The opinion of the court was delivered by: Shirley Wohl Kram, U.S.D.J.
THIS DOCUMENT RELATES TO: ALL ACTIONS
In an Order dated July 19, 2006 (the "July 19 Order"), the Court partially granted the defendants' motions to dismiss this litigation.*fn1 At the Court's direction, the plaintiffs submitted a proposed Second Amended Complaint ("SAC") accompanied by a motion for leave to amend. The plaintiffs contend that the SAC omits all parties and counts that were dismissed by the July 19 Order and makes appropriate revisions to the allegations carried over from the Amended Complaint ("AC"). The remaining defendants--Marsh & McLennan Companies, Inc. ("MMC"), Marsh, Inc. ("Marsh"), Jeffrey Greenberg ("Greenberg"), and Roger E. Egan ("Egan") (collectively "Defendants")--oppose the SAC on several grounds. For the reasons set forth below, the motion for leave to file the SAC is granted, subject to the limitations indicated herein. In addition, the claims and parties omitted from the SAC, and those now ordered to be removed from the SAC, are hereby dismissed with prejudice.
I. The Additional Puffery Allegations Challenged by Defendants Must Be Stricken From the SAC
In the July 19 Order, the Court dismissed certain classes of the AC's allegations as mere puffery. Although the Court only cited to three paragraphs of the AC, those particular passages served as examples of the sort of broad, general statements that are insufficient to state a claim for securities fraud. July 19 Order at 41 (citing Lasker v. New York State Elec. & Gas Corp., 85 F.3d 55, 59 (2d Cir. 1996) (per curiam); In re JP Morgan Chase Sec. Litig., 363 F. Supp. 2d 595, 633 (S.D.N.Y. 2005)). The three allegations expressly cited in the July 19 Order have been omitted from the SAC. Defendants now argue that a number of additional allegations are also properly characterized as puffery, and thus must be removed from the SAC.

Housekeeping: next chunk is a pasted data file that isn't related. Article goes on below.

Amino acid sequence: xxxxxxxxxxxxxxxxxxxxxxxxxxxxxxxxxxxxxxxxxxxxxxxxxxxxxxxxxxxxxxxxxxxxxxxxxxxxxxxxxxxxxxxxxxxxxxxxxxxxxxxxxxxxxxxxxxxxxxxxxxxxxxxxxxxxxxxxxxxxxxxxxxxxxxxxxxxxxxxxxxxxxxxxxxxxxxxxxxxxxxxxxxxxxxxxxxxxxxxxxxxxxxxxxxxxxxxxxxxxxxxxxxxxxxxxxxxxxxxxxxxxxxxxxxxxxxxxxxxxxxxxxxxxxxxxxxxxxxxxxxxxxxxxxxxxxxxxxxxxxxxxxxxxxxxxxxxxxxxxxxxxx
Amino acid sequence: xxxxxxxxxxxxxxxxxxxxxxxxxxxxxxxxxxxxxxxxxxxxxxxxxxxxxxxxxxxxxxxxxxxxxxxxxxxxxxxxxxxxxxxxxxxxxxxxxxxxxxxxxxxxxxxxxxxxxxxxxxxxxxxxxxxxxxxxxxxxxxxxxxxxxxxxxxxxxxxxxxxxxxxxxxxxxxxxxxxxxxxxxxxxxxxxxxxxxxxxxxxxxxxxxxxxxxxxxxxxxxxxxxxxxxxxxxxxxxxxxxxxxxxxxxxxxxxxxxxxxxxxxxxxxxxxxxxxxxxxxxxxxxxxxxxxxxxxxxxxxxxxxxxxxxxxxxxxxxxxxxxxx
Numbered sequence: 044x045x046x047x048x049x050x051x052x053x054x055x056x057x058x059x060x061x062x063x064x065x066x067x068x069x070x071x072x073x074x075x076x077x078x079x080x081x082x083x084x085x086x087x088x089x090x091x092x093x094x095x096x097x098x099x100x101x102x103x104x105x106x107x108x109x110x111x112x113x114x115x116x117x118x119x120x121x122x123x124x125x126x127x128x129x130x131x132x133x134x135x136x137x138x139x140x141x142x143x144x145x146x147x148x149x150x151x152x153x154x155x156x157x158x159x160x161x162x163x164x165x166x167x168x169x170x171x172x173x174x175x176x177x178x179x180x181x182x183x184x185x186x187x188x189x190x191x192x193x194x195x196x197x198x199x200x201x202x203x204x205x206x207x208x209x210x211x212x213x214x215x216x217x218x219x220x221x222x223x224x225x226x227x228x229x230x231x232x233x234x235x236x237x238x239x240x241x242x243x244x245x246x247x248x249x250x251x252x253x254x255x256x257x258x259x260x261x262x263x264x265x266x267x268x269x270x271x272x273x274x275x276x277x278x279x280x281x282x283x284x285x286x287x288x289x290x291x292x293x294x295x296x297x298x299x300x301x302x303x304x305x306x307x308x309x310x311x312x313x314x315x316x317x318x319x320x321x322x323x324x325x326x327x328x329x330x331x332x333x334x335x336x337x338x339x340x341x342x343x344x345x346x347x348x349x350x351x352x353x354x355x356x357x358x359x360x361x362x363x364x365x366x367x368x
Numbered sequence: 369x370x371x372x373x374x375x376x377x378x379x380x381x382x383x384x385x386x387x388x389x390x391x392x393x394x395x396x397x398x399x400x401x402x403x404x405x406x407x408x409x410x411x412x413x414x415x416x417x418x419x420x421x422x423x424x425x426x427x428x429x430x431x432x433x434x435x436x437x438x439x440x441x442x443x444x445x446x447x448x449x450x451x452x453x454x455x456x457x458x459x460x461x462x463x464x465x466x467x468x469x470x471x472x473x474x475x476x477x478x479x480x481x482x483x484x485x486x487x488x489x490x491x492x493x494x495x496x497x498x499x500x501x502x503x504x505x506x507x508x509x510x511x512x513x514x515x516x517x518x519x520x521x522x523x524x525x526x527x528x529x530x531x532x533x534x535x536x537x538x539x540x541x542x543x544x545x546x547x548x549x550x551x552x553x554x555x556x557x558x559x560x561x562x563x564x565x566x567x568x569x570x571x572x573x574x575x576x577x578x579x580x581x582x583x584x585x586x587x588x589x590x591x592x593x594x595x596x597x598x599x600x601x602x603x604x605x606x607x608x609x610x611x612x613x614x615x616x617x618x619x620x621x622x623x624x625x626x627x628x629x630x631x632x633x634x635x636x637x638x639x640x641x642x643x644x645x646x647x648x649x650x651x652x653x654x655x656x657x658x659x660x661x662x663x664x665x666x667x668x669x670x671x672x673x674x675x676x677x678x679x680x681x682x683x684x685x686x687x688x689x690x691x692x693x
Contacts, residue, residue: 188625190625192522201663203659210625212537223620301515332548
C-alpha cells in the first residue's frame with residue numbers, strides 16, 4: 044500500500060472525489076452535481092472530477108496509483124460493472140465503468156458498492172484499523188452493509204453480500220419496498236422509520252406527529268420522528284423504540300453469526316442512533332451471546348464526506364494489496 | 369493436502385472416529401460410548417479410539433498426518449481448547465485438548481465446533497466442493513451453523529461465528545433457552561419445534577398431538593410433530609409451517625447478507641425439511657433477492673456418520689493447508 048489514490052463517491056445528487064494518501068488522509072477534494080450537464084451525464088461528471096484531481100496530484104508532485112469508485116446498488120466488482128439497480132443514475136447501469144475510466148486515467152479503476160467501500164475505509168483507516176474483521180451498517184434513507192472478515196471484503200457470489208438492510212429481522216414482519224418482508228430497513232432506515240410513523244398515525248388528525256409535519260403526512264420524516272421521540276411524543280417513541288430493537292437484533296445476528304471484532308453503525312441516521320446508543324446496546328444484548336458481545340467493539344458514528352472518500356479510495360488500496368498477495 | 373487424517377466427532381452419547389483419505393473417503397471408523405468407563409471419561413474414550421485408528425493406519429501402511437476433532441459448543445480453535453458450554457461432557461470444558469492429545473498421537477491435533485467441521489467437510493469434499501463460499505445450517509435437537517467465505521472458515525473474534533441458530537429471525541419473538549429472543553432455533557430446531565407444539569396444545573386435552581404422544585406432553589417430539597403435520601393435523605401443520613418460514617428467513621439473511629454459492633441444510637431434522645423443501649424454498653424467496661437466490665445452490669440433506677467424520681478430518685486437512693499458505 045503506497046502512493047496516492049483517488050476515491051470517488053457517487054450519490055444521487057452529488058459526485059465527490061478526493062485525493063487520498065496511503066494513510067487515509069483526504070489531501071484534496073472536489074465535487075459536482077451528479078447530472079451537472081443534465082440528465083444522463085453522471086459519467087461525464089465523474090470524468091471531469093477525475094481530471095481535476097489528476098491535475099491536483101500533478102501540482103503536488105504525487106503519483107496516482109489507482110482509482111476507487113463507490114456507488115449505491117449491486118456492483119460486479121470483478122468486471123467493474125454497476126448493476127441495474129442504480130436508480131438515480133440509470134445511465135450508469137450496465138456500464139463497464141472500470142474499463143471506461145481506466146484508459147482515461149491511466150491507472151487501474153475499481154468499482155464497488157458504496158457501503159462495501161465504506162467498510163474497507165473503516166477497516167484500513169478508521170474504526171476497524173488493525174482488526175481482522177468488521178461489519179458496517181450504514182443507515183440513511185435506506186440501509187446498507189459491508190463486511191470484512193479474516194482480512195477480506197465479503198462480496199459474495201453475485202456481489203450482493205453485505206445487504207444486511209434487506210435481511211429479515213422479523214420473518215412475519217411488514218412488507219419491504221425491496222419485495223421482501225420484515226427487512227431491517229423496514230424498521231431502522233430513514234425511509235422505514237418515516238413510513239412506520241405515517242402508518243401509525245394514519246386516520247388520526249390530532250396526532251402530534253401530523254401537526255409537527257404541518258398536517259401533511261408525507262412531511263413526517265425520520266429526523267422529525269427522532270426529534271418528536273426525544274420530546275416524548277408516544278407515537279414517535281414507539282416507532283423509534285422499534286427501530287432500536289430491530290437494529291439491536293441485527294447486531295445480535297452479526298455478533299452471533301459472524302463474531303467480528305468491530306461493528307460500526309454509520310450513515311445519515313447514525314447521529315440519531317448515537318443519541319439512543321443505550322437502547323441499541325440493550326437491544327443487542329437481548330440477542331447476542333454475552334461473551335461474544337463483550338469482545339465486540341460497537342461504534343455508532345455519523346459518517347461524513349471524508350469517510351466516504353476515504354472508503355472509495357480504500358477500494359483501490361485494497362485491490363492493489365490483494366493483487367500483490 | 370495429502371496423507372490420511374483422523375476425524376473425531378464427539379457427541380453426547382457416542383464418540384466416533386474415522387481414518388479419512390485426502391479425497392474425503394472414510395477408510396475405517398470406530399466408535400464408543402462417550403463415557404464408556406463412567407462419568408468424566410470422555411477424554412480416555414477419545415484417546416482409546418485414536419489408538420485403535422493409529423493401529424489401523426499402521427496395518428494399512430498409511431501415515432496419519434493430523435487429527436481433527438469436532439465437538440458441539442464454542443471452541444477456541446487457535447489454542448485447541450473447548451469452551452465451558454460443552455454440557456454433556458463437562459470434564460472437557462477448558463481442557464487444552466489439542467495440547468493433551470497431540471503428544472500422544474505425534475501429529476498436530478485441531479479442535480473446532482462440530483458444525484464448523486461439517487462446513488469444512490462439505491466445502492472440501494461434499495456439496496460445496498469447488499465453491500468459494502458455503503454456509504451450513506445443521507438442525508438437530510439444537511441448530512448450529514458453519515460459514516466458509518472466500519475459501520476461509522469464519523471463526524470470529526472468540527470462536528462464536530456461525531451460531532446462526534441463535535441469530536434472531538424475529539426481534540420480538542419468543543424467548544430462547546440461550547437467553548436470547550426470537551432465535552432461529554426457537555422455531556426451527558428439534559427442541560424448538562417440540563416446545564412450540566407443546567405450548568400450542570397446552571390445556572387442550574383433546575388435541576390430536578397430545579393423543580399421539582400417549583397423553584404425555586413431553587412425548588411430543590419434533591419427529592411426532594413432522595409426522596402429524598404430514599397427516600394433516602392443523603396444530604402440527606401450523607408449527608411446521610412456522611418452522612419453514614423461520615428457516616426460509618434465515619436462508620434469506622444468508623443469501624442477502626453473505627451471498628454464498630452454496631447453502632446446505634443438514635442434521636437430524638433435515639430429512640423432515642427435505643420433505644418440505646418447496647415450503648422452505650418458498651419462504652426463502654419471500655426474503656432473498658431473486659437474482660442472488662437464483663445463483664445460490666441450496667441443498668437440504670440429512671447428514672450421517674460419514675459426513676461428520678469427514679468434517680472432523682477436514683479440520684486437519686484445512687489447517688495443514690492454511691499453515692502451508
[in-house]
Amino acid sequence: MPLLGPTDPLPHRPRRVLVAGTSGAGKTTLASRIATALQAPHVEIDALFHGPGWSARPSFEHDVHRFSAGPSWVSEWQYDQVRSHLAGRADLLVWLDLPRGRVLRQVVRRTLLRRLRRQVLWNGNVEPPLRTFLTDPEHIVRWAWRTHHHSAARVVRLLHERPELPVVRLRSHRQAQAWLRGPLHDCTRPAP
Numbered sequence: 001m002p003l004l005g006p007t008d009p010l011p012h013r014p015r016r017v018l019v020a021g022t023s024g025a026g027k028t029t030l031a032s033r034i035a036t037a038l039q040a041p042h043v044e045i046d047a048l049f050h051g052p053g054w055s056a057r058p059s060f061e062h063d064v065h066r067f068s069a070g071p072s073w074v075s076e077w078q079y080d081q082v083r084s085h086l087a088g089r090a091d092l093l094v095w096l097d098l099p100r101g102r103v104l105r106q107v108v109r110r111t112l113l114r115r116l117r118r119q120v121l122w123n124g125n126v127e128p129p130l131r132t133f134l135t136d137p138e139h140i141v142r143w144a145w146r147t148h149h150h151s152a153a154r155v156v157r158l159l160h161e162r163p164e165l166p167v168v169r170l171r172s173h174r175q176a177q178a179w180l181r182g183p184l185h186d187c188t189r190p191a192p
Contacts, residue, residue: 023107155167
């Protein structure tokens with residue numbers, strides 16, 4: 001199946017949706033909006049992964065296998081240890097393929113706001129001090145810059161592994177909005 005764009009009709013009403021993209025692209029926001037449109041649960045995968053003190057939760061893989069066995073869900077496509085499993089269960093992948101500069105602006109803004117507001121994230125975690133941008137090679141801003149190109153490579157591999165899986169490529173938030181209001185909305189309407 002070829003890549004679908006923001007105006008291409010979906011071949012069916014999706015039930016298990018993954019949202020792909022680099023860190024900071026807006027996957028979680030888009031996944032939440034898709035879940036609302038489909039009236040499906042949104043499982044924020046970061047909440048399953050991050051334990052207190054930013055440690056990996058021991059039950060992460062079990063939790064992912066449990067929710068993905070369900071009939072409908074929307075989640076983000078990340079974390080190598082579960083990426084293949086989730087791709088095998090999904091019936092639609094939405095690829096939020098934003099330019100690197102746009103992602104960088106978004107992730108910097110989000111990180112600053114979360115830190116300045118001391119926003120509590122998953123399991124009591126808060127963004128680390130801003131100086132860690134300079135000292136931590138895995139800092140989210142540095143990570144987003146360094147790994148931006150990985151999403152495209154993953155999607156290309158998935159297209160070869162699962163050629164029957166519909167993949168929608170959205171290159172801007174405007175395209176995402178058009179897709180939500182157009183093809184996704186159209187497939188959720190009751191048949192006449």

To begin with, the July 19 Order states that broad, general allegations "that MMC misrepresented its commitment to clients and adherence to ethical practices" rely on statements which "amount to no more than puffery," and thus are "insufficient to state a claim for securities fraud." Id. at 40-41. It then notes that some related statements were material and "sufficiently connected to the allegations of steering" to withstand a motion to dismiss. Id. at 41. In other words, actionable allegations must be particularized, material, and sufficiently related to the undisclosed misconduct alleged in the complaint. See In re JP Morgan Chase, 363 F. Supp. 2d at 633.
The July 19 Order sustained three narrow classes of alleged misrepresentations: (1) "disclosures regarding the nature of services provided in exchange for contingent commissions;" (2) "statements regarding the criteria brokers consider when placing insurance business for the Company's clients;" and (3) "disclosures that Marsh's clients were fully apprised of contingent commissions." July 19 Order at 37, 41. General statements regarding MMC's market leadership do not fall within any of these categories, nor do they stand on their own as actionable misrepresentations. For instance, statements attributing MMC's leadership position in its diverse business areas to initiatives such as "promoting a spirit of partnership throughout the company" (SAC ¶ 317) or "the selection, training and development of . . . talent" (SAC ¶¶ 323, 330, 380, 400) are too vague to have misled a reasonable investor about alleged misconduct at Marsh. Similarly, the assertion that "delivering the finest and most comprehensive professional services" is "vital to the creation of long-term value for our shareholders" is not the sort of representation that a reasonable investor would rely upon in making an investment decision. (SAC ¶ 326.)